And Wilderness is Paradise enow.

XII. "How sweet is mortal Sovranty!" - think some:

Others - "How blest the Paradise to come!"
Ah, take the Cash in hand and waive the Rest;
Oh, the brave Music of a distant Drum.

XIII. Look to the Rose about us - "Lo,

Laughing," she says, unto the World I blow:
At once the silken Tassel of my Purse
Tear, and its Treasure on the Garden throw."

XIV. The Worldly Hope men set their Hearts upon

Turns Ashes - or it prospers; and anon,
Like Snow upon the Desert's dusty Face
Lighting a little Hour or two - is gone.

XV. And those who husbanded the Golden Grain,

And those who flung it to the Winds like Rain,
Alike to no such aureate Earth are turn'd
As, buried once, Men want dug up again.

NOTE: Quatrain XI has a universal theme. This is the key to knowing Omar Khayyam's personality and life's philosophy - doubtless, Dr Cabigan and I agree.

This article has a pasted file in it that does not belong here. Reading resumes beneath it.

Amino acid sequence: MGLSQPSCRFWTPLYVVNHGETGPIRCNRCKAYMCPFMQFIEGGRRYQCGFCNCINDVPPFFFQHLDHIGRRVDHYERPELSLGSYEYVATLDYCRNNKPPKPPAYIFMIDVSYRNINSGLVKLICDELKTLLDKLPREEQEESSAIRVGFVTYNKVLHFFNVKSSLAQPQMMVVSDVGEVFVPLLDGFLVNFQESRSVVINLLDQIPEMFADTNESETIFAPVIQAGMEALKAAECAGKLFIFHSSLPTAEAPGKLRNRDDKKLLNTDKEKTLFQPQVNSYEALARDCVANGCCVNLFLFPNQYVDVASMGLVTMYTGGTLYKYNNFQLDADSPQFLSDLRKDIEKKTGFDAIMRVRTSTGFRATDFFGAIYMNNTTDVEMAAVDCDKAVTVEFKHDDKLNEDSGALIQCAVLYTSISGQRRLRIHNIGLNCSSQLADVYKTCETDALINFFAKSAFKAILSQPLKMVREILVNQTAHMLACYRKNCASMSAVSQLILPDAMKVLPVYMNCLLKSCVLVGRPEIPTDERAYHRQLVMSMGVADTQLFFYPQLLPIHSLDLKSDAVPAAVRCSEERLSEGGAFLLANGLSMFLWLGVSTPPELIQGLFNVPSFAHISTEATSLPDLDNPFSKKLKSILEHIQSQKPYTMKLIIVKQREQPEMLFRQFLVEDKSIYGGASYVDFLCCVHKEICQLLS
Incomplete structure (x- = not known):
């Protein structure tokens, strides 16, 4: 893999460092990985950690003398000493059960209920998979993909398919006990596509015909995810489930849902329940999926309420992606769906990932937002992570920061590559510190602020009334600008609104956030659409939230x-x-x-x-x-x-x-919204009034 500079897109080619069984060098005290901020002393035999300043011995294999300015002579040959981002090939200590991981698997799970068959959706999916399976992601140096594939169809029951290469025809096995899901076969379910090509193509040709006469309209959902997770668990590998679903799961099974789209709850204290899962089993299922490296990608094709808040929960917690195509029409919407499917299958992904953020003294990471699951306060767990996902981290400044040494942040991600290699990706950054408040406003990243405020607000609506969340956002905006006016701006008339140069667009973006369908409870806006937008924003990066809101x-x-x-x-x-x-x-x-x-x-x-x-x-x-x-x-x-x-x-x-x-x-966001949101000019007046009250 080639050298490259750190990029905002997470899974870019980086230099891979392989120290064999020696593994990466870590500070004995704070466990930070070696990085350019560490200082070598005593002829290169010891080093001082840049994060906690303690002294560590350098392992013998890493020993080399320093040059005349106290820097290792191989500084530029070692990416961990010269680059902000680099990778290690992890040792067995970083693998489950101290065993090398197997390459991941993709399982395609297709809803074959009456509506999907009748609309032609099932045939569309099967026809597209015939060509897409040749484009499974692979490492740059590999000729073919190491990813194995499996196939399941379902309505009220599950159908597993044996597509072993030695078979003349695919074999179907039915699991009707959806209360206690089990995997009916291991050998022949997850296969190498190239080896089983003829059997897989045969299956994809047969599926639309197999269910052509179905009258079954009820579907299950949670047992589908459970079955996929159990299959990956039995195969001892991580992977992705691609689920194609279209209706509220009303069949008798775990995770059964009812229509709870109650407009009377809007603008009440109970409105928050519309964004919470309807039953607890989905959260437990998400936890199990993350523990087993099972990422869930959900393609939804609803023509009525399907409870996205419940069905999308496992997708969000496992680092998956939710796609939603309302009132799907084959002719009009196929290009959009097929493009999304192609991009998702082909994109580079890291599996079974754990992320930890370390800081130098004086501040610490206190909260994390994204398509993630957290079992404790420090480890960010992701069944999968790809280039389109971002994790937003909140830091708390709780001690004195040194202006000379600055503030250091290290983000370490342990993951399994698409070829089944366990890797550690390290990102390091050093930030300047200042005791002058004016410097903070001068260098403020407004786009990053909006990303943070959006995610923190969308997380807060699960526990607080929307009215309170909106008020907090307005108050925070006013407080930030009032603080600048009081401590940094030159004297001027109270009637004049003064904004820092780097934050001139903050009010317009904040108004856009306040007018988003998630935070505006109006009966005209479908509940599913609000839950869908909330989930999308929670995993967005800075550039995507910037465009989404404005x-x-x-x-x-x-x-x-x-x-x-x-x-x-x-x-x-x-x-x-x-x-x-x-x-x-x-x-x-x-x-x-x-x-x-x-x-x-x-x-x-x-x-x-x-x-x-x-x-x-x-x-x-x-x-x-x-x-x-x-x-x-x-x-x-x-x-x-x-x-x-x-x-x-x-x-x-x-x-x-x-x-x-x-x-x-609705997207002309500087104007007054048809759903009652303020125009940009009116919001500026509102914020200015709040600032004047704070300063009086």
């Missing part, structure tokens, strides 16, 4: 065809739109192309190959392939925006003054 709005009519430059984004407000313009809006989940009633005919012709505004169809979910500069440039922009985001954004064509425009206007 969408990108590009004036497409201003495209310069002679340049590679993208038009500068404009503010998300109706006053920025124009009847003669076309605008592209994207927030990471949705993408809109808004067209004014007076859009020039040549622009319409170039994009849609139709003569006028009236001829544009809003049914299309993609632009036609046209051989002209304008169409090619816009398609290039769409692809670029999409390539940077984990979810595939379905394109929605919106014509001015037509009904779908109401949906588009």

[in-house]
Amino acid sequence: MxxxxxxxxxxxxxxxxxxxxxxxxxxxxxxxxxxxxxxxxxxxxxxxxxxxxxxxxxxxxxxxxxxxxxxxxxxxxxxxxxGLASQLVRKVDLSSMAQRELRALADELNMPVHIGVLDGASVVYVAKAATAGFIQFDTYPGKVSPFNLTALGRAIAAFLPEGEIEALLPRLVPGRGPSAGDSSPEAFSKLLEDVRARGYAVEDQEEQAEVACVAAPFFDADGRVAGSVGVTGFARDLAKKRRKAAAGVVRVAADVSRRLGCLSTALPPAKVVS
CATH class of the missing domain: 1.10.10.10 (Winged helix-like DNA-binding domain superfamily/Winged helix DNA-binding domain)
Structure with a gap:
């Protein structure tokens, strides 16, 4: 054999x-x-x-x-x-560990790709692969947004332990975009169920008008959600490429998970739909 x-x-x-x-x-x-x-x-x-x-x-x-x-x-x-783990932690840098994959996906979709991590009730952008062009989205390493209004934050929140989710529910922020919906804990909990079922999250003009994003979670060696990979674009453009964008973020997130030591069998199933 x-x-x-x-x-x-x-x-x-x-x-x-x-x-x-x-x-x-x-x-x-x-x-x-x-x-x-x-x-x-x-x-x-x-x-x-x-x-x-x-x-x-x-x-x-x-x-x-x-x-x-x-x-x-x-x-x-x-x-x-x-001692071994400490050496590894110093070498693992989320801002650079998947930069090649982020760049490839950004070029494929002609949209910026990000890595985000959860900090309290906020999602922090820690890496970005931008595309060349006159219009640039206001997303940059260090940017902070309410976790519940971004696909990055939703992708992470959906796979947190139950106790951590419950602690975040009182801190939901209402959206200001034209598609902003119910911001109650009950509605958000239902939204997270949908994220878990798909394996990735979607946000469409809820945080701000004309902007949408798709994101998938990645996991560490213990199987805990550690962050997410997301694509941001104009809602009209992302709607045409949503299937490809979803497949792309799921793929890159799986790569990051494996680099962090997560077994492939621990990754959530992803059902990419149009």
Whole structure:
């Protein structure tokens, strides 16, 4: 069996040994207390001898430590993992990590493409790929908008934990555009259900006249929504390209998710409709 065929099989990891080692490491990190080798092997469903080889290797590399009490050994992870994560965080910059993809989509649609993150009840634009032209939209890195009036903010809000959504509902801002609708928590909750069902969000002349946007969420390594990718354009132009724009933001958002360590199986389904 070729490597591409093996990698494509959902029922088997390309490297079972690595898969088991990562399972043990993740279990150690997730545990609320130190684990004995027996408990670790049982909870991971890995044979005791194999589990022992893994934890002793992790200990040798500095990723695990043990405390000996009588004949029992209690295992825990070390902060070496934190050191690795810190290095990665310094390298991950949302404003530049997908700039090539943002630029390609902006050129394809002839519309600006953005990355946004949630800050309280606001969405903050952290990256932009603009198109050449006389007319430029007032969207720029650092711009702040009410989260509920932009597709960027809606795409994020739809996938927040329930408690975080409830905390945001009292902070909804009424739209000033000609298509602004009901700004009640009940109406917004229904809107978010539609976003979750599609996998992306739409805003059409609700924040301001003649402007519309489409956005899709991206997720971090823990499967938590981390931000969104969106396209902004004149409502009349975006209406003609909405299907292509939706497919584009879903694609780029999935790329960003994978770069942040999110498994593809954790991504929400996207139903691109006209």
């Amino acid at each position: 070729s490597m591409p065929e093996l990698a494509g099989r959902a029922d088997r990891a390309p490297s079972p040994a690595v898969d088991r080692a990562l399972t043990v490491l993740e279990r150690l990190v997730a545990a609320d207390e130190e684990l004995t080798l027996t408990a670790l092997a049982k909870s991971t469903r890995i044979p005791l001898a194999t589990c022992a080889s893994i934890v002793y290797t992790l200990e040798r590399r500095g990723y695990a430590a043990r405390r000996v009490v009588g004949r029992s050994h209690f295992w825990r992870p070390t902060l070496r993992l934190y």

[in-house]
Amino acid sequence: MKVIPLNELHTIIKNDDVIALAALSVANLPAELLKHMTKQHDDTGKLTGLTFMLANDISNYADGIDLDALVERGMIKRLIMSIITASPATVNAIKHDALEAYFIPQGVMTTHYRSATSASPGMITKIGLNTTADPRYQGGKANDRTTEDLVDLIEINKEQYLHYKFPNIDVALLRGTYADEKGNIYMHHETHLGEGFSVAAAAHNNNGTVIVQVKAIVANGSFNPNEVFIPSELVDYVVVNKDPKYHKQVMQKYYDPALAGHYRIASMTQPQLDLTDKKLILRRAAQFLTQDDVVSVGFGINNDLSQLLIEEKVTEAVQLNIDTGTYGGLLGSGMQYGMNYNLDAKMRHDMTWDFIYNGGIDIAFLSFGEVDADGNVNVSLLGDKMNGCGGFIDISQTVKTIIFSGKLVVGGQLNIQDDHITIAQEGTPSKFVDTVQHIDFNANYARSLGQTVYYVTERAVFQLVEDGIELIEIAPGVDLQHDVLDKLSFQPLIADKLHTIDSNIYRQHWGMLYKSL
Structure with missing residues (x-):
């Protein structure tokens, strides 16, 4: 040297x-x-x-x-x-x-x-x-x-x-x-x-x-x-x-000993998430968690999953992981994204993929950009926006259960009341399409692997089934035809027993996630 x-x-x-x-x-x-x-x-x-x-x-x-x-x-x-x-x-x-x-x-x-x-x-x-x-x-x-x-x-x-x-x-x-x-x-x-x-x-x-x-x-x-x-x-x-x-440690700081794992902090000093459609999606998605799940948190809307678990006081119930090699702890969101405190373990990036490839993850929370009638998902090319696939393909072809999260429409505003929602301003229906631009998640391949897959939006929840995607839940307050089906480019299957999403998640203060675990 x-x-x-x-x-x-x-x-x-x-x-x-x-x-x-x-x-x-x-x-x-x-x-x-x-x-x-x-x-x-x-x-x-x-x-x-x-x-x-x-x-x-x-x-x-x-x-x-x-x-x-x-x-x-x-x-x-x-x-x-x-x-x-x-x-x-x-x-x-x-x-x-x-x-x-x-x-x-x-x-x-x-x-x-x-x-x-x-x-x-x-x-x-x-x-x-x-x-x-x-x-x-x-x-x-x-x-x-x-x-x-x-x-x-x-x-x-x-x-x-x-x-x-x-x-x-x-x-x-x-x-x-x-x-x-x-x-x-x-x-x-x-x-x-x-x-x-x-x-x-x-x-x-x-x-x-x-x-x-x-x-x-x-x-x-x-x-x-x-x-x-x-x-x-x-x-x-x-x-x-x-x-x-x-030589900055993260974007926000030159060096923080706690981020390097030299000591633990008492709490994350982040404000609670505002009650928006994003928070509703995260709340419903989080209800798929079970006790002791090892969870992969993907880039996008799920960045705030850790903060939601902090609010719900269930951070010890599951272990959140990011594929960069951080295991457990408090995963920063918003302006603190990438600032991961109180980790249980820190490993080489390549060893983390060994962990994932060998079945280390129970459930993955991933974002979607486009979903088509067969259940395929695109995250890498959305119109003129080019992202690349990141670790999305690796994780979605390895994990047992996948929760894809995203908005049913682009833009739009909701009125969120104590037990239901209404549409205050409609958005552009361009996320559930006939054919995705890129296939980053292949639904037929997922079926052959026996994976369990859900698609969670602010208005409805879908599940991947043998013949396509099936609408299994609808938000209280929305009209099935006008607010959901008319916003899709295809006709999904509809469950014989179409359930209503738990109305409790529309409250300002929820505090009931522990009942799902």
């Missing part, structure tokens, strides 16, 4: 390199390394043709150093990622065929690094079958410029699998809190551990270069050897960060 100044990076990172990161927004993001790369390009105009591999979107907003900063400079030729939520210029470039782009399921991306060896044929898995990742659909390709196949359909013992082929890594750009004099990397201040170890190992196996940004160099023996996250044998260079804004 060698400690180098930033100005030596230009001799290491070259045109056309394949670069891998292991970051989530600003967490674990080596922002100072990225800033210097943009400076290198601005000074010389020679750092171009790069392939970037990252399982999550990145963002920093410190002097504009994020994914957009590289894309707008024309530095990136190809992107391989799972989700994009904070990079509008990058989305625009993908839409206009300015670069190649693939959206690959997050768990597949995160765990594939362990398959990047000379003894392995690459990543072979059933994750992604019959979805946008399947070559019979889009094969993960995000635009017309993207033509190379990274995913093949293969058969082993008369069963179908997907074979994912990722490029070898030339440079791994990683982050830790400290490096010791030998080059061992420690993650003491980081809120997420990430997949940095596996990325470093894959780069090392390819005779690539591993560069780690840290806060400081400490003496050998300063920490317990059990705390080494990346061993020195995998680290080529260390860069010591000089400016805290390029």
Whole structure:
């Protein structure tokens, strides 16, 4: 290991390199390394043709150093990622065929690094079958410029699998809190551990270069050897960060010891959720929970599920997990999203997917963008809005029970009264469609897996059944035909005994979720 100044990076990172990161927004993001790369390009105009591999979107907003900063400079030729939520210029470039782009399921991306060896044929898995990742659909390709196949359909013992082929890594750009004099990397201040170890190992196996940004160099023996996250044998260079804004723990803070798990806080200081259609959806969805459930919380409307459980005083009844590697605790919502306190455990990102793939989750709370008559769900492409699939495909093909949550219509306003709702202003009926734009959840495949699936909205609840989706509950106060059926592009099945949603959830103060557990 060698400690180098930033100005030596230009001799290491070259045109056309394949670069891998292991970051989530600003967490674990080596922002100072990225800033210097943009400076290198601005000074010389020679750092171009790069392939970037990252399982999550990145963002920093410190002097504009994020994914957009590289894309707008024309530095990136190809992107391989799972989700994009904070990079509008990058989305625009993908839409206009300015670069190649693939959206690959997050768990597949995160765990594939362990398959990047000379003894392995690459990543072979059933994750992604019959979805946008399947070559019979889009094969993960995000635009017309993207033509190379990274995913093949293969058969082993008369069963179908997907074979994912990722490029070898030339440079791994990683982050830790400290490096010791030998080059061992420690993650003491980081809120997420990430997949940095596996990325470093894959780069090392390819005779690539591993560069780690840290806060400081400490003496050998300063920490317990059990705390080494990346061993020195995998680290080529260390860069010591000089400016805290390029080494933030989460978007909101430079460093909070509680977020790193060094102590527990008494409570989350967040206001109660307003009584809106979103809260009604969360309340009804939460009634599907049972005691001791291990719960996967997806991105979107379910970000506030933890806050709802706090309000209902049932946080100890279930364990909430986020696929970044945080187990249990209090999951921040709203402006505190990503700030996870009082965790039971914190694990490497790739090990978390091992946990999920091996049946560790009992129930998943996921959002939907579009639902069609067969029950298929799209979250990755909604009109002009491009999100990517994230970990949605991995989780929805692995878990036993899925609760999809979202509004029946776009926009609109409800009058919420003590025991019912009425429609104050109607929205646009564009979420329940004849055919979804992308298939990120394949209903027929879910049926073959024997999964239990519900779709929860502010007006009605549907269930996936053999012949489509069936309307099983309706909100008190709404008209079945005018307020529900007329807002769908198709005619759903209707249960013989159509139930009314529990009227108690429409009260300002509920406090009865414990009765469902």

"... and Thou beside me singing in the Wilderness - 
and Wilderness is Paradise enow."

About Omar Khayyam: The Persian astronomer, mathematician, and poet Omar Khayyam (1048-ca. 1132) made important contributions to mathematics, but his chief claim to fame, at least in the last 100 years, has been as the author of a collection of quatrains, the "Rubaiyat."

Omar Khayyam was born in Nishapur in May 1048. His father, Ibrahim, may have been a tentmaker (Khayyam means tentmaker). Omar obtained a thorough education in philosophy and mathematics, and at an early age he attained great fame in the latter field. The Seljuk sultan Jalal-al-Din Malik Shah invited him to collaborate in devising a new calendar, the Jalali or Maliki. Omar spent much of his life teaching philosophy and mathematics, and legends ascribe to him some proficiency in medicine. He died in Nishapur. (Acknowledgment: Thanks to Encyclopedia of World Biography; and to Internet for the photos)